Paul Smith - November 22, 2012

      yeah they are yoga-based, i just hold each one for 3-4 seconds, oh and forgot – i finish in child-position after cobra, just to balance it out 😉

      The guys in the gym like to tease me for my stretches and planks, sayin I’m doing pilates! But then i have abs, and they don’t 😛

      Backs are sooo important, most gym users just want to pump up their bi’s and chest, but as we all know – thats not true strength 😉

        Test - November 22, 2012

        Paul, you should check out a book called Foundation Training (comes with some videos too). It’s a very unique method of back strengthening that is taught down in California somewhere. A lot of their movements are yoga-based, but I’ve found them to be very useful (maybe a future post idea?).

        I think we live in such a forward-facing world that we very often forget (or neglect) what’s behind us, including our posterior chain. We push, but rarely pull. This leads to many imbalances and biomechanical inefficiencies which can result in all sorts of problems. Keep strengthening that back and working on your posterior chain and you’ll outperform any guy with big biceps.

Derek - November 21, 2012

First let me say that I found this site last week and its awesome. Keep up the good work Srdjan.

I’m a big fan Jeff Cavaliere and his Athlean-X program and he suggests doing static stretching before you go to bed and active stretching before you workout.I always get a little confused about stretching because there are so many theories out there about the right way to do it. Any tips or advice you could pass along?

    Test - November 22, 2012

    Hey Derek, thanks for your comment and I’m happy you’re enjoying the site!

    I enjoy some of Jeff’s stuff because he focuses a lot on functionality, something that I think is a very important part of any training program.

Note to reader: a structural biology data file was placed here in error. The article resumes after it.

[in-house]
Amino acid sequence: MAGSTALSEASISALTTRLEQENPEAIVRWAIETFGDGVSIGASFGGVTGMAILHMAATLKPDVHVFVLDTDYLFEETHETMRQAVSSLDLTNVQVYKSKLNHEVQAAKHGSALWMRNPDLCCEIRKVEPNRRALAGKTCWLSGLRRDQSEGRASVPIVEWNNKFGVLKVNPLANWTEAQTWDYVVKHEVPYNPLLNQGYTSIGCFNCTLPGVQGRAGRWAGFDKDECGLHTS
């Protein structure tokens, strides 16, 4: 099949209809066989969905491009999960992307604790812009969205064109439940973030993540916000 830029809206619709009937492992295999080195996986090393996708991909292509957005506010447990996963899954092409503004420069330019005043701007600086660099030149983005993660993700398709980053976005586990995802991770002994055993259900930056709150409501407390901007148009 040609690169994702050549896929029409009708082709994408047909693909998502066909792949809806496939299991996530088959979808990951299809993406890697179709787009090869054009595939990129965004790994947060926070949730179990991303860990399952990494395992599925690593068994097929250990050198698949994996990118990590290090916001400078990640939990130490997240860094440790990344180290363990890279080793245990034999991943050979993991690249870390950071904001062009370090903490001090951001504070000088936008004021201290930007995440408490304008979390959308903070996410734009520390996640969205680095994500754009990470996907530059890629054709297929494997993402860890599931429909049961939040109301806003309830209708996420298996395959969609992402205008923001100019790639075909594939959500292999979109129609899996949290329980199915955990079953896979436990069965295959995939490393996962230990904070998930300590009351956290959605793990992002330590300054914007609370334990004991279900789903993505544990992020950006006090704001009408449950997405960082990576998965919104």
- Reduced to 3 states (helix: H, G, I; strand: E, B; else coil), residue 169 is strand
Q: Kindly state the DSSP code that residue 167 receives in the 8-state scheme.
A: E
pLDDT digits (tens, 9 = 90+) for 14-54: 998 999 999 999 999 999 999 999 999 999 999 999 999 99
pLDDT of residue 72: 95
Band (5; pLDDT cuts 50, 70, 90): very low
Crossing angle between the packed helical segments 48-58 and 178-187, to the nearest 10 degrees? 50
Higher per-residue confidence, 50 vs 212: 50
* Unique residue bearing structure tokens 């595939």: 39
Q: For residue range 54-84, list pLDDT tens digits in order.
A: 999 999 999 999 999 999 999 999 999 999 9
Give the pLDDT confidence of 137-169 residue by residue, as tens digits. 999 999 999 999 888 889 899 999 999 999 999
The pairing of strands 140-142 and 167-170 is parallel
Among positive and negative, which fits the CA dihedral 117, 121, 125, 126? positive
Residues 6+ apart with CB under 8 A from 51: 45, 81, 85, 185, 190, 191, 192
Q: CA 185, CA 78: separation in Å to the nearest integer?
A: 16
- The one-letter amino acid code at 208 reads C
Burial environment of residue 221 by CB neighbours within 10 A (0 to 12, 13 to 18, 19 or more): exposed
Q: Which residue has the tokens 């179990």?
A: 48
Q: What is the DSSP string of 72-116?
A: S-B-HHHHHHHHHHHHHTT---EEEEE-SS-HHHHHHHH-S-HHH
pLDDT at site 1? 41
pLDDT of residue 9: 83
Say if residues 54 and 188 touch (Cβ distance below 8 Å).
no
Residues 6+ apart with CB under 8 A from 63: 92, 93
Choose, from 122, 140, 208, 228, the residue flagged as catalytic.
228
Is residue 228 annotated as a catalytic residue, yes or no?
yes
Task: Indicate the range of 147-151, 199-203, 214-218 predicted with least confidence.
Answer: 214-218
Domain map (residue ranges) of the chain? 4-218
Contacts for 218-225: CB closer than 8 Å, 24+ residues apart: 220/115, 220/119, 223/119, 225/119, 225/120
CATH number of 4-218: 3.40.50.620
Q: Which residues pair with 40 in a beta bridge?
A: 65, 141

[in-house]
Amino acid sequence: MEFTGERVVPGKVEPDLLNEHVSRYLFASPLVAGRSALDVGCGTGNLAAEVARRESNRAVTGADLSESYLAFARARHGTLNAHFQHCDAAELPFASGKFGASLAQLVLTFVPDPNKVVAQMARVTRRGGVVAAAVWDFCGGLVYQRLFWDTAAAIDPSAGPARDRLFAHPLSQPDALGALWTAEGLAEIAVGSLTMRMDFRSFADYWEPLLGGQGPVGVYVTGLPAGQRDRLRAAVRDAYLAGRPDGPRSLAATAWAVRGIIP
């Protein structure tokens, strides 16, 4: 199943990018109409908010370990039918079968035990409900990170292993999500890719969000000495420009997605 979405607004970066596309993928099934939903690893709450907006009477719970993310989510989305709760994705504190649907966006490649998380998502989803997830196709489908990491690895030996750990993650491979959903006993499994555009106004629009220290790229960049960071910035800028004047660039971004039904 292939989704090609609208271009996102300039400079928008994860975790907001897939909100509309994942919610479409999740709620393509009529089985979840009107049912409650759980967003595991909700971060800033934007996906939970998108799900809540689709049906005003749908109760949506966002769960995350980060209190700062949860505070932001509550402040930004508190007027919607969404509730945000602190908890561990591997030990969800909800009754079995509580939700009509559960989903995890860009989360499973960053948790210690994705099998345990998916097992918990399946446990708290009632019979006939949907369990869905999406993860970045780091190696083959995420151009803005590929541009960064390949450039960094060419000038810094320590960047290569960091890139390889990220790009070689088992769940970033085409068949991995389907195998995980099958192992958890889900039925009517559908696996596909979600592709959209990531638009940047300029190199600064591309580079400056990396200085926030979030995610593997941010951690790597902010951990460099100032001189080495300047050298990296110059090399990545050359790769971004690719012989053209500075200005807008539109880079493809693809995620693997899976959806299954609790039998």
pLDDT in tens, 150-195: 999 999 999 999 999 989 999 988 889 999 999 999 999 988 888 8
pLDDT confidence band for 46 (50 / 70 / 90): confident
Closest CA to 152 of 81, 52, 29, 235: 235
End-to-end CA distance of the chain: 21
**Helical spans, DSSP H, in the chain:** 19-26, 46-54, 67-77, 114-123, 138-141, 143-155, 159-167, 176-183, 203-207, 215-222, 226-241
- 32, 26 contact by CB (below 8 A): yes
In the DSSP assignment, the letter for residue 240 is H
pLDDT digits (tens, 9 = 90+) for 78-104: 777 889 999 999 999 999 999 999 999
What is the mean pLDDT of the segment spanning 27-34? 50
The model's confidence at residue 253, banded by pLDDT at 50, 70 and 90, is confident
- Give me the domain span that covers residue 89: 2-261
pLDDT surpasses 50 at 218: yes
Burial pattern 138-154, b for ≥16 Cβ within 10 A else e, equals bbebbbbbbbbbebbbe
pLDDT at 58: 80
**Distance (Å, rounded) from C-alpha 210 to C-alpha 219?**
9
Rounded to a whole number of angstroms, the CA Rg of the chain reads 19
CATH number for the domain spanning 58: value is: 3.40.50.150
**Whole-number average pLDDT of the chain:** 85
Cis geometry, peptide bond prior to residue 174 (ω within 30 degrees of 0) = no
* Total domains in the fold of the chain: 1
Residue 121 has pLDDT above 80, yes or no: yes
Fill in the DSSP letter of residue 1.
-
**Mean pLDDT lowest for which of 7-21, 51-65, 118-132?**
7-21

When it comes to stretching, there are definitely many philosophies and they’re often contradicting each other (nothing new in the fitness world, right?). Here’s where I stand: I think active – or dynamic – stretching is a MUST before any activity that engages multiple muscle groups (in unison) in an explosive, high intensity manner. So, for example, I always do a short, full-body dynamic/active stretching routine before sprinting, HIIT, or kettlebell training. I also use simple active stretching movements to prepare for any form of resistance training, placing specific joints through their full range of motion before I load them.

    I think static stretching is a MUST after exercise (when they are loose and pliable) to lengthen tissues and improve their flexibility.

    I also think a daily SMR – self-myofascial release – routine is of vital importance to keep tissues healthy.

    One philosophy I’m looking more into is that of corrective stretches (which I learned from Elliot Hulse). This is the idea of statically stretching a muscle before a workout – obviously very different from my own philosophies. But I like to broaden my horizons and see what else is possible, so I’ll keep you posted on my conclusions with corrective stretching.

    Hope that helps a bit.

      Derek - November 22, 2012